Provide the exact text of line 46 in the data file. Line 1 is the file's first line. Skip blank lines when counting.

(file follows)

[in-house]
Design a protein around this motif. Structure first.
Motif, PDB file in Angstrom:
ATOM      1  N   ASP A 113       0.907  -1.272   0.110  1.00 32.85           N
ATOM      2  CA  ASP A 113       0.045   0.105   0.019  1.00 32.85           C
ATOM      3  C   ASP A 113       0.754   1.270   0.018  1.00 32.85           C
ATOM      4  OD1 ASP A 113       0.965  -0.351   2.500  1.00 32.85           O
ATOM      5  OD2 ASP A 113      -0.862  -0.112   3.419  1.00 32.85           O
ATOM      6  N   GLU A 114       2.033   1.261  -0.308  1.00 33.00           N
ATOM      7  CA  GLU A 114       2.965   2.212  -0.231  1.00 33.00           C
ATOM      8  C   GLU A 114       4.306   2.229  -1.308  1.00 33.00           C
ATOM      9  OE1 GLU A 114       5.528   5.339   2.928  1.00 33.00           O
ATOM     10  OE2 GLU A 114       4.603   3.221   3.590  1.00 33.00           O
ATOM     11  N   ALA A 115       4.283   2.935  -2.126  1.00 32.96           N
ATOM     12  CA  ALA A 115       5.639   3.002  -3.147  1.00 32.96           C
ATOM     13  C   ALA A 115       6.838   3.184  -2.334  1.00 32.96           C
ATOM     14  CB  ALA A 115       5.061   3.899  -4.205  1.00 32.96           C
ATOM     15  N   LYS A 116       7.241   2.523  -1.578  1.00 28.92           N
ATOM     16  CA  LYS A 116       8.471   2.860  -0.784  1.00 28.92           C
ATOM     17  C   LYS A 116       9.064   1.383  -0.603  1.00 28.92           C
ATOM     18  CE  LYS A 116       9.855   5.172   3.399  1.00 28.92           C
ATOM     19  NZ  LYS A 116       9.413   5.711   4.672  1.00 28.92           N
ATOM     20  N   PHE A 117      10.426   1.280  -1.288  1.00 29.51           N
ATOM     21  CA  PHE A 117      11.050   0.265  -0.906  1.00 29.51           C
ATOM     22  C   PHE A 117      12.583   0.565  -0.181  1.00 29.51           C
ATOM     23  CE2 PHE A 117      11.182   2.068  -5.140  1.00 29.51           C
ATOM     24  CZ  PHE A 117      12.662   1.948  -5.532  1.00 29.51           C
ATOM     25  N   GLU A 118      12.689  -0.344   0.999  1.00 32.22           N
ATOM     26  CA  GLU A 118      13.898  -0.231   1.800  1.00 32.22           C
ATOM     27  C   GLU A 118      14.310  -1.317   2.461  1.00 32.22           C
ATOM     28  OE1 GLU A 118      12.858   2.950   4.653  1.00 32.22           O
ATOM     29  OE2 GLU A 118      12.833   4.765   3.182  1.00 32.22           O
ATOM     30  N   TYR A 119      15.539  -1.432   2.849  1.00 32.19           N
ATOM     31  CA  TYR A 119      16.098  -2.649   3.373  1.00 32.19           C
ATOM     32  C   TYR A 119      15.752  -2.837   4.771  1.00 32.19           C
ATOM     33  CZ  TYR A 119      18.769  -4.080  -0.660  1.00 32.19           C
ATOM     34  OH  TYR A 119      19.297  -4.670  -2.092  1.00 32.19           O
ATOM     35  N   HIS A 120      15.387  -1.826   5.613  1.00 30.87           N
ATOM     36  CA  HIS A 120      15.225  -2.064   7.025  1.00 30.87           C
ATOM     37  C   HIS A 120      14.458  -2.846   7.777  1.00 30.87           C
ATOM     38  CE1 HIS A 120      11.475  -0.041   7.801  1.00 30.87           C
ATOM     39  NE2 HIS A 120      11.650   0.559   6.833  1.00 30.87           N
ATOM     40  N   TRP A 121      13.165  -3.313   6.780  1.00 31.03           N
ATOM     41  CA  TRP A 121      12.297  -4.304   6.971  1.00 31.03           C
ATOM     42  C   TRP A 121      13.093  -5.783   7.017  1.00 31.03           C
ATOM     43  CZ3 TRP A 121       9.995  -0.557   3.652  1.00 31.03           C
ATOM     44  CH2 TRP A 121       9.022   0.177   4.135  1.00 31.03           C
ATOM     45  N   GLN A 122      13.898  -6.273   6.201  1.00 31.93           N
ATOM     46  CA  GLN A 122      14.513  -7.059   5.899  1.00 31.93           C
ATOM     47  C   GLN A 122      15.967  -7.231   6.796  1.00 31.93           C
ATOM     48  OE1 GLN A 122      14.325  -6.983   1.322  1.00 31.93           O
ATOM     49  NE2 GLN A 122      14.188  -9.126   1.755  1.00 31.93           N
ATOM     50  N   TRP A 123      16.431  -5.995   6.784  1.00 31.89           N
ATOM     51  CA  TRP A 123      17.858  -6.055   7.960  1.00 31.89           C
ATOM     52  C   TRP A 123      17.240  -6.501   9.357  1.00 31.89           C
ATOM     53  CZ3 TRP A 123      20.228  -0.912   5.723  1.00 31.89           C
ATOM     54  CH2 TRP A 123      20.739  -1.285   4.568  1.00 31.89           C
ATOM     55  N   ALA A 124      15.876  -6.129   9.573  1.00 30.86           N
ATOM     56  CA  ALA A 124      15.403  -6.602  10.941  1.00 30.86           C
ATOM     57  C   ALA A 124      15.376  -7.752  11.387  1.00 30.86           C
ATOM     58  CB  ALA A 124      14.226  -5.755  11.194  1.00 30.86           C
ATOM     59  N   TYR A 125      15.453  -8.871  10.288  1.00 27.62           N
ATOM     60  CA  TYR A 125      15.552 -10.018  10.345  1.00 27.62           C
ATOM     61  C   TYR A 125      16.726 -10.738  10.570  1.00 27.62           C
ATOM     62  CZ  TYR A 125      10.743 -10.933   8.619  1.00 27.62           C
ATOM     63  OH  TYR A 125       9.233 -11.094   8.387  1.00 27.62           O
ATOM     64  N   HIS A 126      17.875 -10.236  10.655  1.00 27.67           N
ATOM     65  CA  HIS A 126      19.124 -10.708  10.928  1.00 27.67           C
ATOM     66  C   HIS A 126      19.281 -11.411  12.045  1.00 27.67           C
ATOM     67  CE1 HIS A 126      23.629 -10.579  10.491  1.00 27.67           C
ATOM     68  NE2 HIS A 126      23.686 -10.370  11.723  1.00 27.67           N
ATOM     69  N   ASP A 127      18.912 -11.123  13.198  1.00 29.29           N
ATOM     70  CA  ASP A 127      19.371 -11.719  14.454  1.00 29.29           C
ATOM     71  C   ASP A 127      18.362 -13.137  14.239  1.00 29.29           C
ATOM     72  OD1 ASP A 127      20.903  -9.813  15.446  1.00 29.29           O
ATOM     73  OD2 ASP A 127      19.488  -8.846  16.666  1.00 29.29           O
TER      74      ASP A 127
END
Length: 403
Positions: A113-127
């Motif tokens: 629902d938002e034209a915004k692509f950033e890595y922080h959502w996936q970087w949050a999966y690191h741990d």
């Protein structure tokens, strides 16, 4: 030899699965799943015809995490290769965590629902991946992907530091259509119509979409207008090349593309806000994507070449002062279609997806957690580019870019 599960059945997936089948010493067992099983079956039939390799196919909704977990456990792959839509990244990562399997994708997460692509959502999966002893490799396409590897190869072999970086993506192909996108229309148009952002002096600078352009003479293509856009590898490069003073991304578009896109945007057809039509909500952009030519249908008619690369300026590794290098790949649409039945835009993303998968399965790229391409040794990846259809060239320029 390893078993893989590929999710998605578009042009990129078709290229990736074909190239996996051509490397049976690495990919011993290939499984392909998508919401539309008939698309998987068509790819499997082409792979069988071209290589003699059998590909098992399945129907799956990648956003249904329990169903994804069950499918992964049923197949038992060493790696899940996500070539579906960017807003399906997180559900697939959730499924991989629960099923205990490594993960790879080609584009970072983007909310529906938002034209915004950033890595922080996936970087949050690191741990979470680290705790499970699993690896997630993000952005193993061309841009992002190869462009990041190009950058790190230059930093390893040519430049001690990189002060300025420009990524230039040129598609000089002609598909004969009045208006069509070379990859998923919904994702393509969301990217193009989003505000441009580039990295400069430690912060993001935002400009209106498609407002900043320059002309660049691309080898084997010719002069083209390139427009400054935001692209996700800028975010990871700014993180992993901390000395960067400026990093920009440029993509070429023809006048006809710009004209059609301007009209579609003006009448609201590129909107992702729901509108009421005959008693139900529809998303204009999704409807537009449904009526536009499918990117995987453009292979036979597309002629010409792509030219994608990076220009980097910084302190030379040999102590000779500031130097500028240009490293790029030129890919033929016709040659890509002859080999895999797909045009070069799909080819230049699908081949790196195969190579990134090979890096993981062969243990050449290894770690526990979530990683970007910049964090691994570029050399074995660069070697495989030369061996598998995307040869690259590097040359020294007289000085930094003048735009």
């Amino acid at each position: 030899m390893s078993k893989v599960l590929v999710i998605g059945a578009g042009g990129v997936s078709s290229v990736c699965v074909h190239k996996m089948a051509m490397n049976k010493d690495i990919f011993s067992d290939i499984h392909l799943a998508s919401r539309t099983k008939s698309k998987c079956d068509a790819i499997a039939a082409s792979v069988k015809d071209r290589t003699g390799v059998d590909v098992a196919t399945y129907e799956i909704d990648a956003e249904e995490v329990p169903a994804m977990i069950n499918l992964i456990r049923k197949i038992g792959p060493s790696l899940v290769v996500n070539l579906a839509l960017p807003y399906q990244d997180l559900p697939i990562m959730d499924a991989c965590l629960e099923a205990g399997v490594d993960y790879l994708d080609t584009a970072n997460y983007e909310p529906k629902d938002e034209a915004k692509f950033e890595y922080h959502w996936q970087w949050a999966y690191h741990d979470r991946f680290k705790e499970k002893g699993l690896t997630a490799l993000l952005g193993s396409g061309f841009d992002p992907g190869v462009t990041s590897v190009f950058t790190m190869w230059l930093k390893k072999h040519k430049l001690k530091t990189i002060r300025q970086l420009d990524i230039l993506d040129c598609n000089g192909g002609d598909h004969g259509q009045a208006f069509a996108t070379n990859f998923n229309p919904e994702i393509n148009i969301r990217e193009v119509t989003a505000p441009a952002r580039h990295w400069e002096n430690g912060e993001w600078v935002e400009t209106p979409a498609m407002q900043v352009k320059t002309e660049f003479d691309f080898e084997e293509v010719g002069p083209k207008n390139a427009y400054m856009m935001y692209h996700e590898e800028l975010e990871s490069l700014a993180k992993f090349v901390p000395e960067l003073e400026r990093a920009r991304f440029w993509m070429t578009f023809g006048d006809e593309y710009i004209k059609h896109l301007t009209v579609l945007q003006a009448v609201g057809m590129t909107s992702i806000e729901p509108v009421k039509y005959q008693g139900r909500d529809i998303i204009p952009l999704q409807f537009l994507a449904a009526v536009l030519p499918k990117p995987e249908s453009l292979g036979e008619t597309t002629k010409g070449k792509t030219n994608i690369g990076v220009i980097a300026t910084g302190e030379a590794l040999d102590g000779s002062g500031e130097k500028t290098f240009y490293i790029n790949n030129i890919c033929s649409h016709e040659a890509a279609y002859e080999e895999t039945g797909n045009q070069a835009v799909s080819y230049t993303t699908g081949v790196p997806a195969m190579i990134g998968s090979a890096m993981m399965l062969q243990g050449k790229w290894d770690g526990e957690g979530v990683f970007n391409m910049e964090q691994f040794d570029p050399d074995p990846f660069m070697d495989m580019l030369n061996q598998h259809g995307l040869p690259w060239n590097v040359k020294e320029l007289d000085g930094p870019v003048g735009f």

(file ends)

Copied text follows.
ATOM     43  CZ3 TRP A 121       9.995  -0.557   3.652  1.00 31.03           C